▶ Albert Arenas #75

  • Birth date: 11/12/1996 - Girona - ES Age: 25
  • First race: 2014 Moto3 Valencia GP
  • First Grand Prix: 2014 Moto3 Valencia GP
  • First victory: 2018 Moto3 French GP
  • Last victory: 2019 Moto3 Thailand GP
  • First pole: 2018 Moto3 French GP
  • Victories: 3
  • Podiums: 5
  • First race: 2014 Moto3 Valencia GP
  • Best general result: 9º Moto3 2018
  • GP best result: 59 (Moto3)

▶ Biography

Albert Arenas was born on the 11th December 1996 in Girona, Catalunya. Motorcycles have always been an important part of his life, ever since he was a small boy, but he enjoys any sport that gives him an adrenaline rush. Especially sports with two wheels and an engine!

The first time he threw his leg over a bike was during the winter of 2000, shortly before his fifth birthday, when he tried a minibike and liked it so much he added it to his Christmas list. At the age of five he started in motocross and by the time he was six he was competing in his first races, progressing quickly from motocross to circuit racing.

At first he combined races in both disciplines, taking his first victories in the Open Racc 70 series. It was around this time that circuit racing became a more and more important part of his life and he turned his focus to this discipline, whilst continuing to be dedicated to his studies, such was the wish of his parents Manel and Nuria. In fact, his studies were deemed so important that bad grades meant no racing.

Thanks to his good results in junior categories, Albert was able to continue growing and developing as a rider to the point that he challenged for the Junior Moto3 World Championship, taking two wins in the final round at the Circuit de la Comunitat Valenciana Ricardo Tormo to finish runner-up in the series.

Arenas admits that the road to the Moto3 World Championship wasn't always an easy one but he has enjoyed it. The Ricardo Tormo circuit was also the scene of Arenas' Grand Prix debut at the end of 2015, opening the way for a number of further appearances in 2016 as a wildcard with the Aspar Team, or as a replacement for the injured Jorge Martín.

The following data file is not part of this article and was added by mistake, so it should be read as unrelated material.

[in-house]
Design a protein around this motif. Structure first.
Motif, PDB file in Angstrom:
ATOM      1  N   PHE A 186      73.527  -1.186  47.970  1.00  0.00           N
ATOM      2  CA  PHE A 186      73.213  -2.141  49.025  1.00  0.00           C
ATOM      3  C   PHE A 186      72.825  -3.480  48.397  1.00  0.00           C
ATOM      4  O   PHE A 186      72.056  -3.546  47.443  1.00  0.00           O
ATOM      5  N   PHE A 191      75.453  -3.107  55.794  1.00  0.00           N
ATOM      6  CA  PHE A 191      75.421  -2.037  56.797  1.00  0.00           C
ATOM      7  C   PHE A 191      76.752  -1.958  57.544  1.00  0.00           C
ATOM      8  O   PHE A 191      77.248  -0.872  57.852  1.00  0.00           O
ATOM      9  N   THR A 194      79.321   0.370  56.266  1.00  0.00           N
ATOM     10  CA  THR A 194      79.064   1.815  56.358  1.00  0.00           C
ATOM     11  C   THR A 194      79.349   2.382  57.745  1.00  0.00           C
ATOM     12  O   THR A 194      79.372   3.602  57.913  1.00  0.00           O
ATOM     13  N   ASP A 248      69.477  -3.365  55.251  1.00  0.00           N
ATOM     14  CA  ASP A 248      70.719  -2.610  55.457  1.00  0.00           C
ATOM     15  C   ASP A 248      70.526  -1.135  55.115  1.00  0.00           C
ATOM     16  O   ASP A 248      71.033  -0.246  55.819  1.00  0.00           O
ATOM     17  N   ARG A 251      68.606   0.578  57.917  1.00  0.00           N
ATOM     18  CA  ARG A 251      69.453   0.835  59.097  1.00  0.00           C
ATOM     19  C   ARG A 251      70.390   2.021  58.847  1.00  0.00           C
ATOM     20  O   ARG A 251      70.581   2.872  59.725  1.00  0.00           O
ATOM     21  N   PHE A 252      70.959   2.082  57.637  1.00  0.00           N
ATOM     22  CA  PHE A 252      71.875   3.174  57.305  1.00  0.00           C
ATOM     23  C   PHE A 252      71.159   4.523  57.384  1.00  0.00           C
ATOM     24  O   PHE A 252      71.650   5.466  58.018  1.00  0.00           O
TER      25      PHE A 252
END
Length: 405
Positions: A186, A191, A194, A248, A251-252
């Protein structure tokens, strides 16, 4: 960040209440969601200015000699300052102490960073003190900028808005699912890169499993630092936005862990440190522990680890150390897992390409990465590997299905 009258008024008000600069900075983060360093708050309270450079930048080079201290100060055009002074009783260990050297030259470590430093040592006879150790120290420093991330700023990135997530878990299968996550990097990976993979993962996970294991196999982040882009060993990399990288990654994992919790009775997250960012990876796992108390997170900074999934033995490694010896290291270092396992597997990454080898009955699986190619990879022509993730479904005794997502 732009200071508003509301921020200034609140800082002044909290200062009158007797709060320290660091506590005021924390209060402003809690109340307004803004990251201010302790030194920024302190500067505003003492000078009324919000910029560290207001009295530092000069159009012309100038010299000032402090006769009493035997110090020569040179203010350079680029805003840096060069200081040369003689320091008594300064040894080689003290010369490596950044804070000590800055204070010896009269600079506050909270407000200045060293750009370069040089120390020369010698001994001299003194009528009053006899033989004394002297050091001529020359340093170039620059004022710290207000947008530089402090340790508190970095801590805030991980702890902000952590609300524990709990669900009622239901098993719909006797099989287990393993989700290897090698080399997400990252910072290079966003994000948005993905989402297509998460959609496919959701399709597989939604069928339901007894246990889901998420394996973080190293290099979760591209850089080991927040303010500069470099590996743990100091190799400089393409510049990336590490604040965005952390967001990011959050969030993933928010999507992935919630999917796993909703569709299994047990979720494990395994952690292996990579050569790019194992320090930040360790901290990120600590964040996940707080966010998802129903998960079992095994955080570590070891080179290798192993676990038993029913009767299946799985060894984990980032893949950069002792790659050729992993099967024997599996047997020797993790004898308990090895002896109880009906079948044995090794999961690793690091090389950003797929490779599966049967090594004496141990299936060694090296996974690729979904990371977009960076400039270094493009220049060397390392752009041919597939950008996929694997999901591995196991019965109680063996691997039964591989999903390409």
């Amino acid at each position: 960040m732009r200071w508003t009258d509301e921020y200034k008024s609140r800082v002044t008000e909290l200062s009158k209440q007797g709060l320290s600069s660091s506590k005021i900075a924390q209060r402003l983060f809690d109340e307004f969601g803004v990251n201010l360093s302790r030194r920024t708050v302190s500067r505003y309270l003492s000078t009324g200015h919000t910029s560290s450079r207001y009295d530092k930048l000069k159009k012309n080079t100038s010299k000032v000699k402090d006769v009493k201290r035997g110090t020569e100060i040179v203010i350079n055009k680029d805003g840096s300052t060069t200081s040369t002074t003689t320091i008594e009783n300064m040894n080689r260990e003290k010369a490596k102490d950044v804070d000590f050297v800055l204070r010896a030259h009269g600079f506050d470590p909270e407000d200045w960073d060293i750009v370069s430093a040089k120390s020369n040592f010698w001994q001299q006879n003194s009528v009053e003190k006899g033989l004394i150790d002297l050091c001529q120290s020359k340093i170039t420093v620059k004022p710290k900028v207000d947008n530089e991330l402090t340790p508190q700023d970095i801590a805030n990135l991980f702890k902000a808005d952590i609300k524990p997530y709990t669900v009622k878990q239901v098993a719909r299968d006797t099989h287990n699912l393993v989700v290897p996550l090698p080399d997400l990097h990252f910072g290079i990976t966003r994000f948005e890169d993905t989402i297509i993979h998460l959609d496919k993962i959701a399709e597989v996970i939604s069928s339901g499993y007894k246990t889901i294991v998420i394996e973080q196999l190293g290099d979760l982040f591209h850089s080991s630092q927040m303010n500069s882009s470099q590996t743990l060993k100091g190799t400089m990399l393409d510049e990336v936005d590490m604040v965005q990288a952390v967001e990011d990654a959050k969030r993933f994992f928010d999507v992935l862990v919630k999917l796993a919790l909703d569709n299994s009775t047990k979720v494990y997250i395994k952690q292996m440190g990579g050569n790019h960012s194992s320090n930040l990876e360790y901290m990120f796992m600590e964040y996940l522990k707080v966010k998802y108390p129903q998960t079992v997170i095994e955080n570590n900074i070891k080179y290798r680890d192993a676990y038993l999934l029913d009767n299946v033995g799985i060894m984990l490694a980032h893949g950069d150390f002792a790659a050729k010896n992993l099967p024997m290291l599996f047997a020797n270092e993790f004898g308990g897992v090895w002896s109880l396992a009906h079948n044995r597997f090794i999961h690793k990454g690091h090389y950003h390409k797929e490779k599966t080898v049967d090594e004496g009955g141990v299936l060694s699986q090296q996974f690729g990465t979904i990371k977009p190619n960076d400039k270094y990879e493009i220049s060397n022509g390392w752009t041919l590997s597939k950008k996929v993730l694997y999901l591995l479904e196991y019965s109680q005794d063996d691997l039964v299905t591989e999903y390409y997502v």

The best part of 2016 came with the news that he would contest the second half of the season on a Peugeot. Arenas now knew half of the circuits on the calendar and at one of them, Motegi (Japan), he picked up his first points.

He had a new challenge in front of him, a full season in 2017 as he stepped up to become a full-time Grand Prix rider with the Aspar Team and a Mahindra that didn’t allow him to show his full potential. He achieved an eighth position at the San Marino GP, his best result in 2017, but he was already looking forward to get his hands on his 2018 brand new KTM. With the Austrian bike, Arenas won two very fought races, in Le Mans and Phillip Island, two historical World Champioship tracks in which he left his mark, with two victories that made him in 2019 one of the candidates for the title.

However, although the season began strongly with a sixth position in Qatar, an injury training before the Argentine race prevented him from competing in Termas del Río Hondo and Austin. When he returned with his KTM in Jerez he finished fifth, but subsequently started a run of several races outside the points that put him back in the general standings. From San Marino onwards, the Aspar Team rider, with his good work, recovered the good results and got an excellent end of season, with a win in Thailand and two more podiums in Japan and Australia, which could have been three hadn’t he crashed in the last corner in Malaysia. With an eleventh overall position, Arenas remained one step away from matching the results of the previous season, but with a clear working path for 2020.

So it was. The apotheosis end of 2019 heralded a great season and from the beginning Albert Arenas was the rival to beat: victory in Qatar before the lockdown, victory when he returned to action in July in Jerez, second in Brno, again victory in Austria... Albert Arenas became the benchmark in the category, the reference for the rest of the riders, and although he only got on the podium again in October at Le Mans, he managed his advantage in front of the standings to the last round, the Portuguese GP, were it was enough for him to finish twelfth to achieve his dream and give the Aspar Team its fifth world title in the small category.

After that success, Albert made it to the intermediate category in 2021, where he completed his adaptation to the category, preparing for the 2022 season in which Jake Dixon will join him in the GASGAS Aspar Team.